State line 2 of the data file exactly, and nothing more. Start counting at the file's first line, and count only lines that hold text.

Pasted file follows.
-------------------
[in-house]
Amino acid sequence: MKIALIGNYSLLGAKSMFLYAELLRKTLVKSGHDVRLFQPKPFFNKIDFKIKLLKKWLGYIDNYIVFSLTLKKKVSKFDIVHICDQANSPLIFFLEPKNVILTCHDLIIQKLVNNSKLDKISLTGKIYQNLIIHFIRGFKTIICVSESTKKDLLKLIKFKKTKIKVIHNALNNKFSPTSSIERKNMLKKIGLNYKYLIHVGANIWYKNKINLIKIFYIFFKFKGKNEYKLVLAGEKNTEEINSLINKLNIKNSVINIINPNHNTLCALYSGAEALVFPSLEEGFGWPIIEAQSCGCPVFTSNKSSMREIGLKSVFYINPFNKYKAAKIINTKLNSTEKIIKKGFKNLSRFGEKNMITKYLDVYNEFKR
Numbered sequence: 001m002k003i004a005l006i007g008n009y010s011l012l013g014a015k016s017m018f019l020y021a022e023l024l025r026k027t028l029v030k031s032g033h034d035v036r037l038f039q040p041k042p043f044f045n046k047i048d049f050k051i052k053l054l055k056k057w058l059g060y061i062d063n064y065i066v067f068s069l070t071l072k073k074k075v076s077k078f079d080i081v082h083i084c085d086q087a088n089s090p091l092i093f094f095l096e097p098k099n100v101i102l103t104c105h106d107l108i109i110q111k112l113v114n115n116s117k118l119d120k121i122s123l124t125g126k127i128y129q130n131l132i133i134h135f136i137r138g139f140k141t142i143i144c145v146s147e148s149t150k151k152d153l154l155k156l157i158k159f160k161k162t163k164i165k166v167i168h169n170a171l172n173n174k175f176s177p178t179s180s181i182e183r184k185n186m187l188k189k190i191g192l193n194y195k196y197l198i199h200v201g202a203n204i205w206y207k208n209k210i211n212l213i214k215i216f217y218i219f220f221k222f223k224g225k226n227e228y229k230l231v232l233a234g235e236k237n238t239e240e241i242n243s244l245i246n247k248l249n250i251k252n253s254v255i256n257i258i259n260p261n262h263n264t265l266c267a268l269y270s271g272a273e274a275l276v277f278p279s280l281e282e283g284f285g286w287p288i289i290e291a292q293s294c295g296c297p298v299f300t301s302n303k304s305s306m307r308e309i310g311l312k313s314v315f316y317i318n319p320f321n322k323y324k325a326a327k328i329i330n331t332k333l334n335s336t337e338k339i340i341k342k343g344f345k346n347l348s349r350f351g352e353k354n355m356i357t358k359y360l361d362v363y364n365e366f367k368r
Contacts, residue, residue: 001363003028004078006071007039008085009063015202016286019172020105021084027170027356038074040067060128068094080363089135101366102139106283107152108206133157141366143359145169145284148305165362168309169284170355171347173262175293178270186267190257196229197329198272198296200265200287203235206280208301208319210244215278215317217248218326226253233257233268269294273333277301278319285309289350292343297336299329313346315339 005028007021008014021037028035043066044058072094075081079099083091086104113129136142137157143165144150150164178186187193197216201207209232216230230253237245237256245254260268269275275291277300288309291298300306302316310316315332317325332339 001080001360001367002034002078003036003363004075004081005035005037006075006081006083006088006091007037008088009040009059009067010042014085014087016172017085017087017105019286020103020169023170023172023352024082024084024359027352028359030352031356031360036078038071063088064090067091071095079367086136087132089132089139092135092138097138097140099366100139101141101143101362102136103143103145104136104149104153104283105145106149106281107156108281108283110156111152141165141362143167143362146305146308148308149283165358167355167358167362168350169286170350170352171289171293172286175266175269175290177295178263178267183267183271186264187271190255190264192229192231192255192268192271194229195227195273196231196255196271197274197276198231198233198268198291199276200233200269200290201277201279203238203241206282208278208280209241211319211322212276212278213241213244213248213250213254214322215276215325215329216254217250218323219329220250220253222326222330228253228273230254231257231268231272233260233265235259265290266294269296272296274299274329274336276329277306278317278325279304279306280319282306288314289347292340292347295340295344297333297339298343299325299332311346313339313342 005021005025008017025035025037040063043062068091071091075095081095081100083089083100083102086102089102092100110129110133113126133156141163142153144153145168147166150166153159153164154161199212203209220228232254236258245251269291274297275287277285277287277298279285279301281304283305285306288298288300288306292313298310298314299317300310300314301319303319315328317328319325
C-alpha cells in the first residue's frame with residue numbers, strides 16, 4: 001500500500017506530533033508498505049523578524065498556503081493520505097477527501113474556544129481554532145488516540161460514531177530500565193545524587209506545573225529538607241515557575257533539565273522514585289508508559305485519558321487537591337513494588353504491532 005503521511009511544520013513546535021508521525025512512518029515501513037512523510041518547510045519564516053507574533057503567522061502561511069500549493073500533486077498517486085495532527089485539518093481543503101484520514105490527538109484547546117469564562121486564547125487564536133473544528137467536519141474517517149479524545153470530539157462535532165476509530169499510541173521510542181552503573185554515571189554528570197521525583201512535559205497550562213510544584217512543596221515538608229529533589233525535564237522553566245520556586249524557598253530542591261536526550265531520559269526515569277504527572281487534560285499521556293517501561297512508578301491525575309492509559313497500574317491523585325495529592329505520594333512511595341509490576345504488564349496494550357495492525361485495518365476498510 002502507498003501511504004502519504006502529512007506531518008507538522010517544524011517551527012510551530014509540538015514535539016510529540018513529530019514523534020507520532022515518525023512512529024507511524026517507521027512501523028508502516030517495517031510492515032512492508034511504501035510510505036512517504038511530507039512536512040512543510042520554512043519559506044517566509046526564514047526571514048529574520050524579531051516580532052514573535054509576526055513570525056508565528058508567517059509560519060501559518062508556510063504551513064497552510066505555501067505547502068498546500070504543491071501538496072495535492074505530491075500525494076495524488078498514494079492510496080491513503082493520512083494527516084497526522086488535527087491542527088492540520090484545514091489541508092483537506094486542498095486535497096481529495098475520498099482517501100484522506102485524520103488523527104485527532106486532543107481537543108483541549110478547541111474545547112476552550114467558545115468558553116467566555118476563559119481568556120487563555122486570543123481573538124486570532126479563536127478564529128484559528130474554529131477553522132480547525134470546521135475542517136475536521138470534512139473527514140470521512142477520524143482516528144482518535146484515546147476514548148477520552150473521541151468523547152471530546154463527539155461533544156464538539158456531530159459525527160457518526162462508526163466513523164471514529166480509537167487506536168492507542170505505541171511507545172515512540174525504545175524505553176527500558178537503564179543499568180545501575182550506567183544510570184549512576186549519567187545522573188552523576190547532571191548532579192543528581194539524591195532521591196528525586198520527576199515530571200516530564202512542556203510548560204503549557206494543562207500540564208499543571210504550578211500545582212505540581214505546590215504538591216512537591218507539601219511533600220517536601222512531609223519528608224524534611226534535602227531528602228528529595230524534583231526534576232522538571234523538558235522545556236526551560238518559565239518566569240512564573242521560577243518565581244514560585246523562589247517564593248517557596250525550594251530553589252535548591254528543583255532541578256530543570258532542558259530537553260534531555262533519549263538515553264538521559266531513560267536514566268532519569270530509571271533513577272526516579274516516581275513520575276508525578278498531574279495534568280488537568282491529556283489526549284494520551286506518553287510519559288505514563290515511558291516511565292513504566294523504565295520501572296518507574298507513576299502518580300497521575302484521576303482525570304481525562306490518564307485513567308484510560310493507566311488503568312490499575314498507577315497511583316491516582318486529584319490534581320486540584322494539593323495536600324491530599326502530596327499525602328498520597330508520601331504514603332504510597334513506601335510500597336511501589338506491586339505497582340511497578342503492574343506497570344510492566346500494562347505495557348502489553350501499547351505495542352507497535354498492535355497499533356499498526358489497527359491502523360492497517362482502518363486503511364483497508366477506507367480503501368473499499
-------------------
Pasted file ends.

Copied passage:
Amino acid sequence: MKIALIGNYSLLGAKSMFLYAELLRKTLVKSGHDVRLFQPKPFFNKIDFKIKLLKKWLGYIDNYIVFSLTLKKKVSKFDIVHICDQANSPLIFFLEPKNVILTCHDLIIQKLVNNSKLDKISLTGKIYQNLIIHFIRGFKTIICVSESTKKDLLKLIKFKKTKIKVIHNALNNKFSPTSSIERKNMLKKIGLNYKYLIHVGANIWYKNKINLIKIFYIFFKFKGKNEYKLVLAGEKNTEEINSLINKLNIKNSVINIINPNHNTLCALYSGAEALVFPSLEEGFGWPIIEAQSCGCPVFTSNKSSMREIGLKSVFYINPFNKYKAAKIINTKLNSTEKIIKKGFKNLSRFGEKNMITKYLDVYNEFKR